The next US president has said he’ll withdraw from the Paris Agreement in his first 100 days, but he’s also acknowledge that fighting climate change requires a global effort
The vehemence of the presidential campaign is over, the dust has (nearly) settled and now we’re anxiously awaiting the realisation of Trump’s election pledges.
Everyone has questions, but at the top of my list as head of research and development at Hilson Moran is, unsurprisingly, climate change.
Although his previous environmental statements may have been tongue in cheek, they portray a detached view on climate change. There is no doubt that, if the US withdraws from the Paris Agreement within 100 days of him taking office, as well as withdrawing all funding from the UN Framework Convention on Climate Change, this would represent a significant blow to global climate change efforts.
Pre-election research estimated that a Trump presidency would increase US greenhouse gas emissions by as much as 16%, equating to 3.4 billion tons of greater emissions over the next eight years (according to Lux Research). If other countries follow suit, we will be facing a disastrous situation.
Just for hindsight’s sake, if Hillary Clinton had won, we would be looking at continuing Obama’s goal of reducing carbon emissions by up to 30% by 2025.
Pre-election research estimated that a Trump presidency would increase US greenhouse gas emissions by as much as 16%
This confusion around environmental policies is not helped when some are at odds with one another. Trump has promised to reboot America’s ailing coal industry, as well as expand gas and oil drilling, even though the growth of natural gas production has caused the downturn in coal. His plan to lift regulations on gas extraction would however only make coal’s comeback even more difficult as fracking expands, keeping down gas prices and disadvantaging coal. The UK, by the way, has just completed a six-day stint without coal; a milestone for Britain and climate change (according to The Independent).
As engineering consultants, we will would like to see carbon emissions kept at the top of the agenda. The Paris Agreement delivers a strong level of policy certainty for the UK property industry and we’re ensuring the properties we build today are future proofed and can tolerate the changes we have to come. The standards set here are also used to advise foreign clients and investors, and enhance projects overseas.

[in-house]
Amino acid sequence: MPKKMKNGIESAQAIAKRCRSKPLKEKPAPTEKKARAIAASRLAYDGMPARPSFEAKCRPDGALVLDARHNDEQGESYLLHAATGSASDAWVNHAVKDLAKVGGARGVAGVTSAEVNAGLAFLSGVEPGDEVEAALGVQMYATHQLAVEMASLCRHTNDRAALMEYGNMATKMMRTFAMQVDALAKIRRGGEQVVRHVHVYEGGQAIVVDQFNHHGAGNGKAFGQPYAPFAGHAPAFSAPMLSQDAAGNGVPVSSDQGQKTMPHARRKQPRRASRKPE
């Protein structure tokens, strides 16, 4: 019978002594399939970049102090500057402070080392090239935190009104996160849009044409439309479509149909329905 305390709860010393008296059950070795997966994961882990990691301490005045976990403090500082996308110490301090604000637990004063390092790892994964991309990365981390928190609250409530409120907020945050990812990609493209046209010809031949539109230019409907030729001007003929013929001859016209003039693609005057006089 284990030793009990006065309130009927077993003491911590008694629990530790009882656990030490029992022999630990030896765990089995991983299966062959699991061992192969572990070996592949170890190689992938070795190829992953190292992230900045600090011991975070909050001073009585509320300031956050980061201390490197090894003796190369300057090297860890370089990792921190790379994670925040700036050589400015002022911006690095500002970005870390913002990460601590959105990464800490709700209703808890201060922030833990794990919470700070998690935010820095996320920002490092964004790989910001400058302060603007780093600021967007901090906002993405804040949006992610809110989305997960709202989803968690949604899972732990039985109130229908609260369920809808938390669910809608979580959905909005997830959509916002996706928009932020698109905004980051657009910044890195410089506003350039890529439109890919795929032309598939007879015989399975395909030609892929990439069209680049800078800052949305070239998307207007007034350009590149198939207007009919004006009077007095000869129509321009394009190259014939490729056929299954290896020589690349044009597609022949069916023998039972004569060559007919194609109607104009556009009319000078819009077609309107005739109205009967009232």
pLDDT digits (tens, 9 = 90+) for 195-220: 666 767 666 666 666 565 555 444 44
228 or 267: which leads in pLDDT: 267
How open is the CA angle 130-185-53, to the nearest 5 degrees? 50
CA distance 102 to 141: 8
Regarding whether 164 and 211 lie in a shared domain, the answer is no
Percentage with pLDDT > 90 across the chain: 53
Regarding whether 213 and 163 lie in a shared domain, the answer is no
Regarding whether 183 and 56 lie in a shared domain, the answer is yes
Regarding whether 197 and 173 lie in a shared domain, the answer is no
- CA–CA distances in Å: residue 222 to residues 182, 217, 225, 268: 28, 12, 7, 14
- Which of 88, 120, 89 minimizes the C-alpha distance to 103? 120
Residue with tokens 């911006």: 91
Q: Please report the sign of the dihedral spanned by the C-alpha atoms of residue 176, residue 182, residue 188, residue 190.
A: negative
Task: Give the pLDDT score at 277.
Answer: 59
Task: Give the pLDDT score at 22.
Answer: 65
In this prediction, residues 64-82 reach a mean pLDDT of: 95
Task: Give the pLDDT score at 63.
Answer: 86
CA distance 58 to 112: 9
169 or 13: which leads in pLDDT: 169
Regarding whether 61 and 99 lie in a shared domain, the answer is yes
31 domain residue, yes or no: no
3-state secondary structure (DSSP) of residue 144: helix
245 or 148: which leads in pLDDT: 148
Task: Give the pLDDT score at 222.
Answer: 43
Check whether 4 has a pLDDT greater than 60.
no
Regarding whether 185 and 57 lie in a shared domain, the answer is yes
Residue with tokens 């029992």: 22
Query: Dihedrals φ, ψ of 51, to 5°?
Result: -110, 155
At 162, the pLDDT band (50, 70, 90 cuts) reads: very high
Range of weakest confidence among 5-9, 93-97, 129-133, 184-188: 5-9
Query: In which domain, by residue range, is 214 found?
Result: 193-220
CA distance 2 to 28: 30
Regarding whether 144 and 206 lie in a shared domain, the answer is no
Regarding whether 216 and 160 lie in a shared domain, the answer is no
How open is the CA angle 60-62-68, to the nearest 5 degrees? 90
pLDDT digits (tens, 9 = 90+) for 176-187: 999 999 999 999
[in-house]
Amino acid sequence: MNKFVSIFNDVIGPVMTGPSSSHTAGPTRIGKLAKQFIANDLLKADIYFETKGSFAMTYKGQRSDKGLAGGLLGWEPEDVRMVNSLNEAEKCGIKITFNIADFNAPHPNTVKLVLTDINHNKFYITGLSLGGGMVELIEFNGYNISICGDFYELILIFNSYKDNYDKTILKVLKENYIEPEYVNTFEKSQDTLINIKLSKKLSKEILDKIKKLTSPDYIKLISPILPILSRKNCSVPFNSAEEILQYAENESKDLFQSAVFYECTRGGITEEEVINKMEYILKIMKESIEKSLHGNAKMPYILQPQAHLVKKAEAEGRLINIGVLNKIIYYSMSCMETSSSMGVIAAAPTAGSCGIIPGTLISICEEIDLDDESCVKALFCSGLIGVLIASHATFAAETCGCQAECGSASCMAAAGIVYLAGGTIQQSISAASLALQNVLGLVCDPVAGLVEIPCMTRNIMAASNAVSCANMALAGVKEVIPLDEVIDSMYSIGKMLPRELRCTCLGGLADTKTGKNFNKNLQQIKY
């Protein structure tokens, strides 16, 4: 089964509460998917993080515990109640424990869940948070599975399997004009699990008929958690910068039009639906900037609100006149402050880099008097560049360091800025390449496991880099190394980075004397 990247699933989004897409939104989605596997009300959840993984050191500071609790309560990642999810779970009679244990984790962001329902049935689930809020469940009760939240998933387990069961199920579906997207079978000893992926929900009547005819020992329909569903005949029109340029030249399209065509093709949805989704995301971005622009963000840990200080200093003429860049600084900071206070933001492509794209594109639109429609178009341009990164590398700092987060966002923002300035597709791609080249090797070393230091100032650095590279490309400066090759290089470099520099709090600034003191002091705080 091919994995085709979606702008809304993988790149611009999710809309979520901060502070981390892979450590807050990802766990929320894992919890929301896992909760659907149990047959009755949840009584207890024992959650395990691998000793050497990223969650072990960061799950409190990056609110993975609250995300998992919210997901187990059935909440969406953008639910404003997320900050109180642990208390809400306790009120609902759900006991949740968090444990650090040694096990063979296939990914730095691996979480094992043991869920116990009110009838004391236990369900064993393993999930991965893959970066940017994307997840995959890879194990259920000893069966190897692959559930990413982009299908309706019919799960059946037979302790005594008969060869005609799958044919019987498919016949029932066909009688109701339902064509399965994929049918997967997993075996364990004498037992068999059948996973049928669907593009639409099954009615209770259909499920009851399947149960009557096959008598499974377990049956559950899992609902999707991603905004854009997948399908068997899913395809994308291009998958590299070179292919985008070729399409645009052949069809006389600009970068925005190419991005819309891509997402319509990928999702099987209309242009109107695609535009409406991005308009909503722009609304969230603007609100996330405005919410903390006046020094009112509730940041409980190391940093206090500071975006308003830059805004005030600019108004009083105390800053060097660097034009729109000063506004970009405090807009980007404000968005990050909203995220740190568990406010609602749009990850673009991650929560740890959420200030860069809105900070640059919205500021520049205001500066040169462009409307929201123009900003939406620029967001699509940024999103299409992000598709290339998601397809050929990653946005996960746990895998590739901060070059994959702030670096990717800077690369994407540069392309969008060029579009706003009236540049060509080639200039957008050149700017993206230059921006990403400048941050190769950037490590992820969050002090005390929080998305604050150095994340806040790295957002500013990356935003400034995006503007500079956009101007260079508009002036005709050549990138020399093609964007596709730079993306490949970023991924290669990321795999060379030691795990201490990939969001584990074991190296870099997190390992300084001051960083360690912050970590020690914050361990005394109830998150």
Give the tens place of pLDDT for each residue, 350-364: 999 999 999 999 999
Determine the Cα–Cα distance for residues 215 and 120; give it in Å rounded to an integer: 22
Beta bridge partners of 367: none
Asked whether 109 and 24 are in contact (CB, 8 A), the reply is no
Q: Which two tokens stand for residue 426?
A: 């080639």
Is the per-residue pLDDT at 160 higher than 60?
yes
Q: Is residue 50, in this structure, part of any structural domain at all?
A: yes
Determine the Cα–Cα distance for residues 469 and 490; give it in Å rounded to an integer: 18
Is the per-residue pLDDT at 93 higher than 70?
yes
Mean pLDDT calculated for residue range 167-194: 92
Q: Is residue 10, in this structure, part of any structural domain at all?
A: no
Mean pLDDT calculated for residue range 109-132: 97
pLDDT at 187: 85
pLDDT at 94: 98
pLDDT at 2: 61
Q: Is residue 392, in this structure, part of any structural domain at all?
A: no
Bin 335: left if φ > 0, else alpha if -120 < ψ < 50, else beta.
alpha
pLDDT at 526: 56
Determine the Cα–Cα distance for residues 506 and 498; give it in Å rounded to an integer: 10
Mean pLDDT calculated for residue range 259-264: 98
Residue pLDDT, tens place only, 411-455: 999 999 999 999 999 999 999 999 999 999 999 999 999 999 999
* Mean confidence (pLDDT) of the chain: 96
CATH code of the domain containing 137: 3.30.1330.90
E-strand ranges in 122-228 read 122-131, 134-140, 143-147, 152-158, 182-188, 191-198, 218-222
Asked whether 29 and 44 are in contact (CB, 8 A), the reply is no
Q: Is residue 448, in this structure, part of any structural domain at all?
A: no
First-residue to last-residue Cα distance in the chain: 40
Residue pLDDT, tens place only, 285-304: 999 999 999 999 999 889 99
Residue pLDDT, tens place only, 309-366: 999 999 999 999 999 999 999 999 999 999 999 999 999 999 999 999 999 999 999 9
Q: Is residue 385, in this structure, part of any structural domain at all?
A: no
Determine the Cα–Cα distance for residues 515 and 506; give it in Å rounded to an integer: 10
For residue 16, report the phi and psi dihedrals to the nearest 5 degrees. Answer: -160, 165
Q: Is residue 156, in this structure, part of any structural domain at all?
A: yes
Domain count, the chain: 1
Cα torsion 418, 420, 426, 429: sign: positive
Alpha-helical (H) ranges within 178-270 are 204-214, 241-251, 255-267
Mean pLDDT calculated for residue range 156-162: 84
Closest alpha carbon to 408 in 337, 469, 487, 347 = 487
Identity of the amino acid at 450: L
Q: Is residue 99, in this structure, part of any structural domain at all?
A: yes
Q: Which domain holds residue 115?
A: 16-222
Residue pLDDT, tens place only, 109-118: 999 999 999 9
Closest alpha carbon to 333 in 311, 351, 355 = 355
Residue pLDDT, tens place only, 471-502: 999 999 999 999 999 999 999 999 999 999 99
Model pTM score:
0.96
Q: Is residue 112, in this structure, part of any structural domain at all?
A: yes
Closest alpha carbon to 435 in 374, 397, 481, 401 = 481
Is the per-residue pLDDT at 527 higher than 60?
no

Our work in the Middle East has allowed us to utilise advanced environmental simulation techniques and computational fluid dynamics to provide predictions on how buildings will perform in these changing conditions. Additionally, clients are increasingly embracing wider sustainability and environmental standards, from BREEAM and LEED certifications to the WELL Standard, whether they’re UK based or not - across the globe, this is something we need to be encouraging not diluting.
There is still hope though. Despite the rhetoric, Trump has in the past acknowledged that the fight against climate change needs to be a global effort, accusing certain countries of not contributing enough. He has argued for clearer objectives for all countries and wants to fight for ‘clean water and clean air’. Another good example of this acknowledgement is his property empire where a number of his schemes have achieved environmental awards for their sustainable visions.
It would appear that one reason for Trump’s success at the election, was his understanding of business and the flow of money. If he can be shown the evidence that reduced CO2 emissions, investment in pioneering environmental technology and an improved environment can lead to greater prosperity for America, perhaps he would he soften his anti-environmental stance.
If Trump does choose to follow through with his election pledges, then we urgently need to call upon other nations to lobby against withdrawal from the Paris Agreement. It is crucial we don’t lose the progress we have made in recent years.
Dan Jestico, head of research and development at Hilson Moran